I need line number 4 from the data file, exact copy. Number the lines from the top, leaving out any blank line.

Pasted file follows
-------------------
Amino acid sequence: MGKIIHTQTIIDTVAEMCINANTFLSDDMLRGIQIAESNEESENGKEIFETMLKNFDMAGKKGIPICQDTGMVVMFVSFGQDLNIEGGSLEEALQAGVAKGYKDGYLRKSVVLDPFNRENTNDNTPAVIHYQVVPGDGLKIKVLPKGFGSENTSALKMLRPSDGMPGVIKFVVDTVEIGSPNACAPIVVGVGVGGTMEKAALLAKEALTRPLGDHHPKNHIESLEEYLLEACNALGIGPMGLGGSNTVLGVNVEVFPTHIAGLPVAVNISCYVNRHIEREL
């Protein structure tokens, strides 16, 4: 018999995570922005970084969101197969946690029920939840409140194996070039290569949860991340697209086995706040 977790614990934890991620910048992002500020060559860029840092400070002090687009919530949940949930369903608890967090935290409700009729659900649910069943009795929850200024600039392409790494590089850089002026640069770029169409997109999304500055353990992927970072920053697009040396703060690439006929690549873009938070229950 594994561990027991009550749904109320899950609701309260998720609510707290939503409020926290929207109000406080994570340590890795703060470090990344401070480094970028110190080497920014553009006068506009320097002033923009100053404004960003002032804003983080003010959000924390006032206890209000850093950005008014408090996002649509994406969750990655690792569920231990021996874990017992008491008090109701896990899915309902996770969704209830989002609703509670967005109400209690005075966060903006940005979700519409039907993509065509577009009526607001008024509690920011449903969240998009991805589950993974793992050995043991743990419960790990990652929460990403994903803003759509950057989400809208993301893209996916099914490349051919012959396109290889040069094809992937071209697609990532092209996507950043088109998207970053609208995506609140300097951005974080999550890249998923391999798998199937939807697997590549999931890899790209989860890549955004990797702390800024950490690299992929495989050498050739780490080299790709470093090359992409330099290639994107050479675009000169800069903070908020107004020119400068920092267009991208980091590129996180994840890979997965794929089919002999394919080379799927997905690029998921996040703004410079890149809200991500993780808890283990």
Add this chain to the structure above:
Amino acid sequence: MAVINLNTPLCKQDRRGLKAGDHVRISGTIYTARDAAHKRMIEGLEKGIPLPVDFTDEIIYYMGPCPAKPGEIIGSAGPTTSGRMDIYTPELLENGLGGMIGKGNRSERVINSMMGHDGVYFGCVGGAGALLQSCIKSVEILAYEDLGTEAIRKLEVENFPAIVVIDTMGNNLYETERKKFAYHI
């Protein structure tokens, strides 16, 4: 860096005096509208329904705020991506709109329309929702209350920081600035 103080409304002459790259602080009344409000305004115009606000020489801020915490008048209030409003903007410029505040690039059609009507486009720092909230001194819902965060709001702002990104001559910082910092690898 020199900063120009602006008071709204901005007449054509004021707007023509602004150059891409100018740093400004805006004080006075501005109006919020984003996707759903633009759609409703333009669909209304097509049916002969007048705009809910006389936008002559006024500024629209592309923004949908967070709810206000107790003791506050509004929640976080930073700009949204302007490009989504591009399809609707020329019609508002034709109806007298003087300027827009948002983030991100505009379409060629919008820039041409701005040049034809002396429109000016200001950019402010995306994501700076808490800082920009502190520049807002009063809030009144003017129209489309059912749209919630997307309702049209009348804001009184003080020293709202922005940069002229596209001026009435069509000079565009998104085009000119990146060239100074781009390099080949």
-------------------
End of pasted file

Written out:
Amino acid sequence: MAVINLNTPLCKQDRRGLKAGDHVRISGTIYTARDAAHKRMIEGLEKGIPLPVDFTDEIIYYMGPCPAKPGEIIGSAGPTTSGRMDIYTPELLENGLGGMIGKGNRSERVINSMMGHDGVYFGCVGGAGALLQSCIKSVEILAYEDLGTEAIRKLEVENFPAIVVIDTMGNNLYETERKKFAYHI